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Keeping an Eye on Side Effects of Laser Eye Surgery

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WebMD Health News

May 16, 2000 -- Tired of uncomfortable contact lenses? Annoyed by the slip-sliding of glasses? You would consider laser eye surgery to correct your vision, but you've heard there can be distracting side effects, like seeing halos and starbursts around lights. How common are they, and which type of surgery will give you the best results with the lowest risk of side effects? A new study, in the May issue of the journal Ophthalmology, may help open your eyes.

"The side effect that the study specifically focused on were these optical symptoms that are not captured with conventional, 20/20 vision testing," study co-author Roger Steinert, MD, tells WebMD. "When you go on the Internet, you see lots of comments on halos and glare and [double vision]. ... Those kind of visual complaints, we know they occur, and we hear about them from patients. What this study looked at is whether or not there was a difference between LASIK and PRK [two popular types of laser surgery] in the frequency of these complaints." Steinert is a consultant for Summit Technology Inc., which manufactures lasers for eye surgery.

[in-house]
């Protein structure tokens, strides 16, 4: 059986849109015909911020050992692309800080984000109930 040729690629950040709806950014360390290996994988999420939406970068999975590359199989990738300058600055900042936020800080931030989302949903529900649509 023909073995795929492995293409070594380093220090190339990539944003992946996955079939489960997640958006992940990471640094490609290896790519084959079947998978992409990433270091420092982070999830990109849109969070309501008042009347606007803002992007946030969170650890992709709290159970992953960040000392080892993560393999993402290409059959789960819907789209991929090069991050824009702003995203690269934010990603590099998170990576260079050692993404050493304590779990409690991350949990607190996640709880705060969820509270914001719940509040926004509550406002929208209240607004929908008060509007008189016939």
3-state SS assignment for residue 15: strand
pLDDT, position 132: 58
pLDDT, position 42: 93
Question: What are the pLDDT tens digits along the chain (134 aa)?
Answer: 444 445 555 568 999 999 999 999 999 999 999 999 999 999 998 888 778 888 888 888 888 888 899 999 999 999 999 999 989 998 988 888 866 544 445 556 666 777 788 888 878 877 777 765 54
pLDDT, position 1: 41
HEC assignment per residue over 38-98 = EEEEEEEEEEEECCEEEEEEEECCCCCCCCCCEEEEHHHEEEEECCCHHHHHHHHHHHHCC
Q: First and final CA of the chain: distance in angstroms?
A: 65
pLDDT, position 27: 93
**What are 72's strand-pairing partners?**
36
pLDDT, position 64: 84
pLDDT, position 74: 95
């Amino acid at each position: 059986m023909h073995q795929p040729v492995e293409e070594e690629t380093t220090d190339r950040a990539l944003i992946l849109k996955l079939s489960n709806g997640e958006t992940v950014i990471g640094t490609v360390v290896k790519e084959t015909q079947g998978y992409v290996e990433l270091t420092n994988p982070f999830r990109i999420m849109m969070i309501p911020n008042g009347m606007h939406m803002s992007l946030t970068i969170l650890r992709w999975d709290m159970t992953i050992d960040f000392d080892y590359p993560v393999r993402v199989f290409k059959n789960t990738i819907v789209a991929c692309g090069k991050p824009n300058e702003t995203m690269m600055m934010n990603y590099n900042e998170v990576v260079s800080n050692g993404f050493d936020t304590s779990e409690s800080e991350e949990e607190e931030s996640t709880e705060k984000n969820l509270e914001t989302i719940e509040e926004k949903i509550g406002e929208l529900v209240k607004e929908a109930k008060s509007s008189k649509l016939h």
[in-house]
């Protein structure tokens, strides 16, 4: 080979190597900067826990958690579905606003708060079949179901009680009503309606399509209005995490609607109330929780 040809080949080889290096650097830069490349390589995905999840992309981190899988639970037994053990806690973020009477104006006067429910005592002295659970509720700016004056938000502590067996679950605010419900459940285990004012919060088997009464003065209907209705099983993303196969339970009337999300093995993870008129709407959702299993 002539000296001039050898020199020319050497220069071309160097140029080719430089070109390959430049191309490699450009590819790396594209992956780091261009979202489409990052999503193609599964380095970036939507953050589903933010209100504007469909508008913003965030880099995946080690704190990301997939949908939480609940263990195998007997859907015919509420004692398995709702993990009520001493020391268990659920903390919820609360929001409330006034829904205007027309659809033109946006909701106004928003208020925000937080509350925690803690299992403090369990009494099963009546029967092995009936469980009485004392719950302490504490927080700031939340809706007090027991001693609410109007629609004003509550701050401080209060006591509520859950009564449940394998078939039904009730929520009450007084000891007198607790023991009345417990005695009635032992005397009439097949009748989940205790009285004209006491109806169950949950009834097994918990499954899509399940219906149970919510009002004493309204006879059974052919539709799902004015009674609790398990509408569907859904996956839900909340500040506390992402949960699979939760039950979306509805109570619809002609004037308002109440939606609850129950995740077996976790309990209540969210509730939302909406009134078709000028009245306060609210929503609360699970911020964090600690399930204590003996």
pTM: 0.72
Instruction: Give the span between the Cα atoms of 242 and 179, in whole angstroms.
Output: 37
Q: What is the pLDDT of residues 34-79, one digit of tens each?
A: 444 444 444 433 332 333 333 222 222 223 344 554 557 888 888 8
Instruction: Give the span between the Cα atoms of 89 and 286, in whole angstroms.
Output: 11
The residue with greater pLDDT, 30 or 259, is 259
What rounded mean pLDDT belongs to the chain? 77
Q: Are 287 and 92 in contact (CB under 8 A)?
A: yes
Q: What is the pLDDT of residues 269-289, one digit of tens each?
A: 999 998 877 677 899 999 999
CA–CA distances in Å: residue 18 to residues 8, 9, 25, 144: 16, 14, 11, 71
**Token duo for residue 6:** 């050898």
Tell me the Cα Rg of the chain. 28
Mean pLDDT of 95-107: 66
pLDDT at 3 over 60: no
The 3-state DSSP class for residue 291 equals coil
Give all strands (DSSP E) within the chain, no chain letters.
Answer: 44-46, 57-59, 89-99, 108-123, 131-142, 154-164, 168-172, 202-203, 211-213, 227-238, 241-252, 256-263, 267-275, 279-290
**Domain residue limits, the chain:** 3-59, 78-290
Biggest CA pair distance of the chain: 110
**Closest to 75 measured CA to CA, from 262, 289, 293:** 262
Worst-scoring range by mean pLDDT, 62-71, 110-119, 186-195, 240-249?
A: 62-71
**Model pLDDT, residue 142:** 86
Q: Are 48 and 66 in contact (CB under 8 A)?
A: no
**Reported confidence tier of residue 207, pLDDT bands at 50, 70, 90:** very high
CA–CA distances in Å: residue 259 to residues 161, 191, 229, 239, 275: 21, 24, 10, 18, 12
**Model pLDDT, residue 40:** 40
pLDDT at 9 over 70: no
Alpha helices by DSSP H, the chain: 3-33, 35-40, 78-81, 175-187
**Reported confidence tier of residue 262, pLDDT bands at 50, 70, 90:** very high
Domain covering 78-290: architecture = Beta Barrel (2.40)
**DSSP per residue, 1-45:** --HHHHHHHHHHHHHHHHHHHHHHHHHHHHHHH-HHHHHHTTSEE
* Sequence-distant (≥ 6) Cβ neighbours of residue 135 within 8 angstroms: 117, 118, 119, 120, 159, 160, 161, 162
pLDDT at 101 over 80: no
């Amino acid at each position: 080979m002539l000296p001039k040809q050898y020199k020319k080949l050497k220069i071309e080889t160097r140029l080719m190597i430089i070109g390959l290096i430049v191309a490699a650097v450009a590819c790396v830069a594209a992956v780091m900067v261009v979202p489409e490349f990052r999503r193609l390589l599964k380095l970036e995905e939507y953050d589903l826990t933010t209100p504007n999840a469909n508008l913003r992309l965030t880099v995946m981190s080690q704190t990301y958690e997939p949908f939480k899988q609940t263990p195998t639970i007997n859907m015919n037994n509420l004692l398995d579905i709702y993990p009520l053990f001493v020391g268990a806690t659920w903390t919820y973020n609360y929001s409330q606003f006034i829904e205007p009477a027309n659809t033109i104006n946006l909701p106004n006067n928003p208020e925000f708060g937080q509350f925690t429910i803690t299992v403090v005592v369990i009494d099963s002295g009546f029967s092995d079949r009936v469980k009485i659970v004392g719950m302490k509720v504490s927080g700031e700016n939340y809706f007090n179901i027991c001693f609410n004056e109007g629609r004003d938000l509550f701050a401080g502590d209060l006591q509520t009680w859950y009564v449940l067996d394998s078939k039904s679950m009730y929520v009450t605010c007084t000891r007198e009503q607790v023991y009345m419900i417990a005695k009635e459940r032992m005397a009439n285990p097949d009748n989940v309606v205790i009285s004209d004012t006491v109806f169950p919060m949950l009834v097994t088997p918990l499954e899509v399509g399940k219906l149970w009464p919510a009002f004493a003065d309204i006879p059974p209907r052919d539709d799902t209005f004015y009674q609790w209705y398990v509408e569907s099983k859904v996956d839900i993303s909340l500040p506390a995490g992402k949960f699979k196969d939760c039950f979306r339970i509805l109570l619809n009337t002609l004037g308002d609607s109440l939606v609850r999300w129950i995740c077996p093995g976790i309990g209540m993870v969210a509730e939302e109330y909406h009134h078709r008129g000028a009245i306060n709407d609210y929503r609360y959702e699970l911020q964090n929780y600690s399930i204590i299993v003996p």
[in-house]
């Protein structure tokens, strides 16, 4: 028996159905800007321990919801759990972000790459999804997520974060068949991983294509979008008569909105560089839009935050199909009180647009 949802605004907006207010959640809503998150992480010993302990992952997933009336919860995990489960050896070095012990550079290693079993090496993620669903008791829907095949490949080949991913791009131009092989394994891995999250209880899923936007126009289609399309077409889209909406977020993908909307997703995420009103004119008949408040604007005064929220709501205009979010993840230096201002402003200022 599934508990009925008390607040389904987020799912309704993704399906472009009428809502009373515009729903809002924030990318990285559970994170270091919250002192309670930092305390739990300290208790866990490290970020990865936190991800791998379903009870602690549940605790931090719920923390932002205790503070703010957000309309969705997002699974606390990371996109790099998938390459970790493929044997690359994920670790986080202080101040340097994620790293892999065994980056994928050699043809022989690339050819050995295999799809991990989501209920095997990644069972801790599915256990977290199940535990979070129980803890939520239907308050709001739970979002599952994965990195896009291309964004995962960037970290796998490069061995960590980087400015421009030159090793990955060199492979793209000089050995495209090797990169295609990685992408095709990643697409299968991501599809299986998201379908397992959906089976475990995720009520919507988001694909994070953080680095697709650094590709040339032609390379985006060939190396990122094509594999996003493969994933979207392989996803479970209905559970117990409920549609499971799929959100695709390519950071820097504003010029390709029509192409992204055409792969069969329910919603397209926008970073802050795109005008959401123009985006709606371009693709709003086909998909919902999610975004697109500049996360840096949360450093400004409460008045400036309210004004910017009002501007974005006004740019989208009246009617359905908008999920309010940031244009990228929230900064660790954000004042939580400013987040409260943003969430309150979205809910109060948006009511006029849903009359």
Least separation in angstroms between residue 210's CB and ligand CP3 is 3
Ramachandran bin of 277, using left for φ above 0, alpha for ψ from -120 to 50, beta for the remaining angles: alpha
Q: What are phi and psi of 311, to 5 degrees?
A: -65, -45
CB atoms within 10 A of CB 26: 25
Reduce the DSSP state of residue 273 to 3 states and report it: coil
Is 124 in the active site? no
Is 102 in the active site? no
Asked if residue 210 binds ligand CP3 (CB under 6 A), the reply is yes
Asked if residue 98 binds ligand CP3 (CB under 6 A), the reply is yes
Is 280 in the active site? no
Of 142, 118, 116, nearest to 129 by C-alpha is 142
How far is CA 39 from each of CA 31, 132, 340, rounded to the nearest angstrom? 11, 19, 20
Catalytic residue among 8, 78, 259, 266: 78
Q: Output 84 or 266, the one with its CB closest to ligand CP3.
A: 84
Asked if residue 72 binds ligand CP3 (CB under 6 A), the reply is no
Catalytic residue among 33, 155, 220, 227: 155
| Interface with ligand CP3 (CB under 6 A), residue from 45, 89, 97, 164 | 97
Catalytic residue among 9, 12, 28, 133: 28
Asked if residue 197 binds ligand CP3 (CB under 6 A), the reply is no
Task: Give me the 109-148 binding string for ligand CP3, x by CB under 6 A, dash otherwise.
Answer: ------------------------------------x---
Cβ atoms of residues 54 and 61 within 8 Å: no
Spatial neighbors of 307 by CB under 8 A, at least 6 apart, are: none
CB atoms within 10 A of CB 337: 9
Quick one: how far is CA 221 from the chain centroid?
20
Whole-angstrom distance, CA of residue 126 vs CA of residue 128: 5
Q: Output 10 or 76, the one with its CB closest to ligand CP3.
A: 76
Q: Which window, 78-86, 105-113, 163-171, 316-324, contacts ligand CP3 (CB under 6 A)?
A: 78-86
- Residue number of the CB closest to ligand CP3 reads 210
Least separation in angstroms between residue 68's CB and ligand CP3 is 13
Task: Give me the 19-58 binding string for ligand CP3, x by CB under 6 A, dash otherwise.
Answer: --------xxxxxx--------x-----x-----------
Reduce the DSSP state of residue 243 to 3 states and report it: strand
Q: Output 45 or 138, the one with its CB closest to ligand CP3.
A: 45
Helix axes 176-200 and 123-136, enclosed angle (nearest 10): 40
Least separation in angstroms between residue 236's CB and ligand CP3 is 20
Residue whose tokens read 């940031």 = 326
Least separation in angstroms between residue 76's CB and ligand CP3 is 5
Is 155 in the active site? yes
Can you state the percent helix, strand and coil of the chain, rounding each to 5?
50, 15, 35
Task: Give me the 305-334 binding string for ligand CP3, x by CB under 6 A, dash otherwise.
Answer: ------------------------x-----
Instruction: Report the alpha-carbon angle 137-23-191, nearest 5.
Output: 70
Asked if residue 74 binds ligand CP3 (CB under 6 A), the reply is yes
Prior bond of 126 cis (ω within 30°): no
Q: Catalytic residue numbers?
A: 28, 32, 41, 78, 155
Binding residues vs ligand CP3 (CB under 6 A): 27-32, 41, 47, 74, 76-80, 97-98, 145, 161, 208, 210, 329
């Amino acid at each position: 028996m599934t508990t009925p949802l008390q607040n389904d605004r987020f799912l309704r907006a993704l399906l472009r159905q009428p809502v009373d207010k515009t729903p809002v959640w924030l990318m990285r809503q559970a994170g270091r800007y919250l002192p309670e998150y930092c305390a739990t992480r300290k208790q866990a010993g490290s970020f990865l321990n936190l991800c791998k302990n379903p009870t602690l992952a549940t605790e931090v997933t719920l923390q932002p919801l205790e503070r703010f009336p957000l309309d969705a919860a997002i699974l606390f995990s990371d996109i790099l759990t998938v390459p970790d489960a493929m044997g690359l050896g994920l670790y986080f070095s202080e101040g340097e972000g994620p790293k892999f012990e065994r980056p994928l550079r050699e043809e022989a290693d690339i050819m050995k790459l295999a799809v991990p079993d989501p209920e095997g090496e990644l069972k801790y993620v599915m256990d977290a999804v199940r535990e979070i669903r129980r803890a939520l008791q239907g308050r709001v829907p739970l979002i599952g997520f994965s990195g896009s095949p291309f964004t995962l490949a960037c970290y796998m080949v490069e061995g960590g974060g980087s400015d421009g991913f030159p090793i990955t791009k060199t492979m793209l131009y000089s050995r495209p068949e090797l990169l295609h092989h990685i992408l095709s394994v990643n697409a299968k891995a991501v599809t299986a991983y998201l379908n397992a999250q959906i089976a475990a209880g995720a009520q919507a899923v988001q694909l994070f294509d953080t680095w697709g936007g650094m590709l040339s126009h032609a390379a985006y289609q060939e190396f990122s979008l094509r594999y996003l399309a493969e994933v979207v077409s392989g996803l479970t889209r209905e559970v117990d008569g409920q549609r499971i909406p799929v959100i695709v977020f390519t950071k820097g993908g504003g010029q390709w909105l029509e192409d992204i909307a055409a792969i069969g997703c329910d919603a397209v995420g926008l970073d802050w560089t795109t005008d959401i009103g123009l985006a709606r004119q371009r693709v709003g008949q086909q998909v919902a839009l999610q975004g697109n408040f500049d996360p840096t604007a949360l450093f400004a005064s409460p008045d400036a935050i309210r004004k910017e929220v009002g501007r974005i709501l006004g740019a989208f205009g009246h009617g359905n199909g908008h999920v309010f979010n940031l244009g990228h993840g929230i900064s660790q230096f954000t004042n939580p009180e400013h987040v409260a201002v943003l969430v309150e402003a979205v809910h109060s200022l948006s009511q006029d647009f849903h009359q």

Steinert and colleagues asked 220 patients with moderate to severe nearsightedness to fill out a questionnaire about certain side effects they experienced before and six months after undergoing one of two procedures: the older PRK or the more recently approved LASIK.

In both procedures, the surgeon uses a laser, which produces a beam of ultraviolet light in pulses that last only a few billionths of a second, to remove a microscopic amount of tissue from part of the eye called the cornea. "Basically, you are using the ... laser to reshape the cornea," Michael Gordon, MD, tells WebMD. "They are both effective, but there is more scarring and discomfort and greater delay in visual recovery associated with PRK."

In PRK, Gordon says, the doctor removes the top layer of cells, called the epithelium. "Then you do the lasering and remodeling right on the surface of the cornea. The reason you get a delay in visual recovery and some pain is that removing the epithelial layer is like having a large scratch on the surface of your cornea that has to heal over.

"With LASIK, the surface of the cornea is essentially untouched because you make a little flap in the very upper layer of the cornea, then you do the lasering and reshaping of the cornea underneath the flap," he says. "The flap folds back and conforms to that new shape, so you don't have that scratch that has to heal on the surface of the cornea." Gordon, who is in private practice at the Vision Surgery and Laser Center in San Diego, was one of the surgeons involved in the study.

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